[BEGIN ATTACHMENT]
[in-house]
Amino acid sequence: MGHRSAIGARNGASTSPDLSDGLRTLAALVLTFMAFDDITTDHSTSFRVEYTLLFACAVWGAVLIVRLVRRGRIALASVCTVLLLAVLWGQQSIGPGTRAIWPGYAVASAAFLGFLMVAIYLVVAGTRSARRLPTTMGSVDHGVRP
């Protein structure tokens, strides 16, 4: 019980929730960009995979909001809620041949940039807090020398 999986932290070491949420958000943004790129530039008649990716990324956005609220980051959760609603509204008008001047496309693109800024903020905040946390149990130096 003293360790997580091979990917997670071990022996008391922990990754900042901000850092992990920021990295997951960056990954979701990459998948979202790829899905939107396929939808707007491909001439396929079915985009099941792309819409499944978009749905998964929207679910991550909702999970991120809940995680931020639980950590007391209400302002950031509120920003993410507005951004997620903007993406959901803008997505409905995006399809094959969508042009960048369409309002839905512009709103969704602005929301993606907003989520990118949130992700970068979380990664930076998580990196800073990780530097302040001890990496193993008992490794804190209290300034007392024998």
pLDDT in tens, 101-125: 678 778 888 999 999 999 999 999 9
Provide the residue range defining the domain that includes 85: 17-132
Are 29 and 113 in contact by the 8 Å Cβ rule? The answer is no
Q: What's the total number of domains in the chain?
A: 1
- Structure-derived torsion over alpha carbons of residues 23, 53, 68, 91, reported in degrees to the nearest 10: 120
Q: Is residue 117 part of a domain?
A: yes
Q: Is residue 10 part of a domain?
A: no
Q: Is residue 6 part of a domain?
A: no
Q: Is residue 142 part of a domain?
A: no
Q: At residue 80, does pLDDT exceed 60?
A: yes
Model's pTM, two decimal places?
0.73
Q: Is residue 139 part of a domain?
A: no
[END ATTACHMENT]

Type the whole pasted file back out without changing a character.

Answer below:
[in-house]
Amino acid sequence: MGHRSAIGARNGASTSPDLSDGLRTLAALVLTFMAFDDITTDHSTSFRVEYTLLFACAVWGAVLIVRLVRRGRIALASVCTVLLLAVLWGQQSIGPGTRAIWPGYAVASAAFLGFLMVAIYLVVAGTRSARRLPTTMGSVDHGVRP
């Protein structure tokens, strides 16, 4: 019980929730960009995979909001809620041949940039807090020398 999986932290070491949420958000943004790129530039008649990716990324956005609220980051959760609603509204008008001047496309693109800024903020905040946390149990130096 003293360790997580091979990917997670071990022996008391922990990754900042901000850092992990920021990295997951960056990954979701990459998948979202790829899905939107396929939808707007491909001439396929079915985009099941792309819409499944978009749905998964929207679910991550909702999970991120809940995680931020639980950590007391209400302002950031509120920003993410507005951004997620903007993406959901803008997505409905995006399809094959969508042009960048369409309002839905512009709103969704602005929301993606907003989520990118949130992700970068979380990664930076998580990196800073990780530097302040001890990496193993008992490794804190209290300034007392024998």
pLDDT in tens, 101-125: 678 778 888 999 999 999 999 999 9
Provide the residue range defining the domain that includes 85: 17-132
Are 29 and 113 in contact by the 8 Å Cβ rule? The answer is no
Q: What's the total number of domains in the chain?
A: 1
- Structure-derived torsion over alpha carbons of residues 23, 53, 68, 91, reported in degrees to the nearest 10: 120
Q: Is residue 117 part of a domain?
A: yes
Q: Is residue 10 part of a domain?
A: no
Q: Is residue 6 part of a domain?
A: no
Q: Is residue 142 part of a domain?
A: no
Q: At residue 80, does pLDDT exceed 60?
A: yes
Model's pTM, two decimal places?
0.73
Q: Is residue 139 part of a domain?
A: no